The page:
Join your colleagues for our next AAS Tweetchat, Wednesday, December 15th beginning at 9:00pm Eastern – Drs. Erika Rangel and Rebecca Scully will co-moderate a discussion based on Dr. Rangel’s recent blog article:
Having it All and “Leaning in”: Infertility, Pregnancy, and Obstetric Complications in US Surgeons
I became pregnant during my fourth year of surgery residency. There were no overtly negative comments, but reactions to the news were generally of shock, followed by murmured congratulations, followed by incredulity. How were we going to swing childcare as a dual-surgeon couple without family close by? Wasn’t I worried about doing long cases? Surely I was going to choose a more “family-friendly” subspecialty! Well-intentioned questions and curiosity to see how I would pull off this unusual feat fueled my latent self-doubt that this had been a wise decision. I hated the idea that I would be a burden to my co-residents, so I worked twice as hard to prove myself, even when sometimes I didn’t feel well. In my 36th week, I went into labor in the operating room while covering a vascular surgery case with a bad URI and a fever. The L&D nurse admonished me for allowing myself to get so dehydrated and snatched my pager away, not understanding the sin of leaving the consult service uncovered. My premature son had a rapid response soon after birth for pneumothoraces requiring bilateral chest tubes and intubation. Upon my return 6 weeks later, a group of senior surgery residents started a collection with a bet as to whether I would ask to scrub out of a long case staffed by an older male surgeon or if I would instead leak through my sterile gown. The stigma I felt, of being an inadequate new mother and a delinquent surgery resident, was both real and self-imposed. Nearly 12 years later, I ask myself these questions: Why is martyrdom in our profession praised as strength? Why do we glorify unhealthy behaviors that perpetuate unsustainable ideals?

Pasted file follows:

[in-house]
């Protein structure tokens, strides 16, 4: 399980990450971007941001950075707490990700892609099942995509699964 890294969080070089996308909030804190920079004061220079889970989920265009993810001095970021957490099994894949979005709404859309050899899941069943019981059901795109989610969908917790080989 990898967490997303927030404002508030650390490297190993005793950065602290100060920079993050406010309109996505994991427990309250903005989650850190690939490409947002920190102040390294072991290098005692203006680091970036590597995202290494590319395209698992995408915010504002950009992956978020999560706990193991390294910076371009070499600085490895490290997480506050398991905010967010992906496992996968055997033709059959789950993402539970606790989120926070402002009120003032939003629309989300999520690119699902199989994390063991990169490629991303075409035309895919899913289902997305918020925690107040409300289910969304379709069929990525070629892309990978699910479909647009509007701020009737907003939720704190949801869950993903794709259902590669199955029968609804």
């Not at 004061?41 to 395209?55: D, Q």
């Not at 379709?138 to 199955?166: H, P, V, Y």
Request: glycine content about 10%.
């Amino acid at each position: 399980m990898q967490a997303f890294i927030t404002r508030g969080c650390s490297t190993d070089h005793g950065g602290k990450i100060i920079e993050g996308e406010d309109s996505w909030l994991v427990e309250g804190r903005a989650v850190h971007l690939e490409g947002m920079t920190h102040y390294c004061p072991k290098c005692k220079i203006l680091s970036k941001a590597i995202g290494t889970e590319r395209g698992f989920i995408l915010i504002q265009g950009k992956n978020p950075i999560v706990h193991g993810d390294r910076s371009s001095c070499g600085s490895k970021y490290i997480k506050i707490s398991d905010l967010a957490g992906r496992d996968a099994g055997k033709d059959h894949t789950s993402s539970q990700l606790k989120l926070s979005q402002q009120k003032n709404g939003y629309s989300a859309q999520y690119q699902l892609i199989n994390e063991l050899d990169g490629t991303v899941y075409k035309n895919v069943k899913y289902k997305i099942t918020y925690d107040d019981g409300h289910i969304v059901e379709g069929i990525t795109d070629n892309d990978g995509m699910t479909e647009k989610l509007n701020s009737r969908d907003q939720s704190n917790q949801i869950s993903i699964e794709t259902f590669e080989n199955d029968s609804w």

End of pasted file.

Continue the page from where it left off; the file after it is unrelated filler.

As it turns out, my story was not unique. As social media expanded in the years after Ethan’s birth, many surgeons shared stories far worse than mine. Although cathartic, I knew change wouldn’t happen through private venting sessions. I wanted other colleagues to understand what the problems were and how they could affect us as a profession. I must be clear that I do not think parenthood is a gendered experience. The nonchildbearing parent of today is typically actively involved in his/her child’s upbringing, making issues of parental leave and work-family integration important for all surgeons. However, the physical demands of our profession often clash with the physical demands of pregnancy and demand special attention.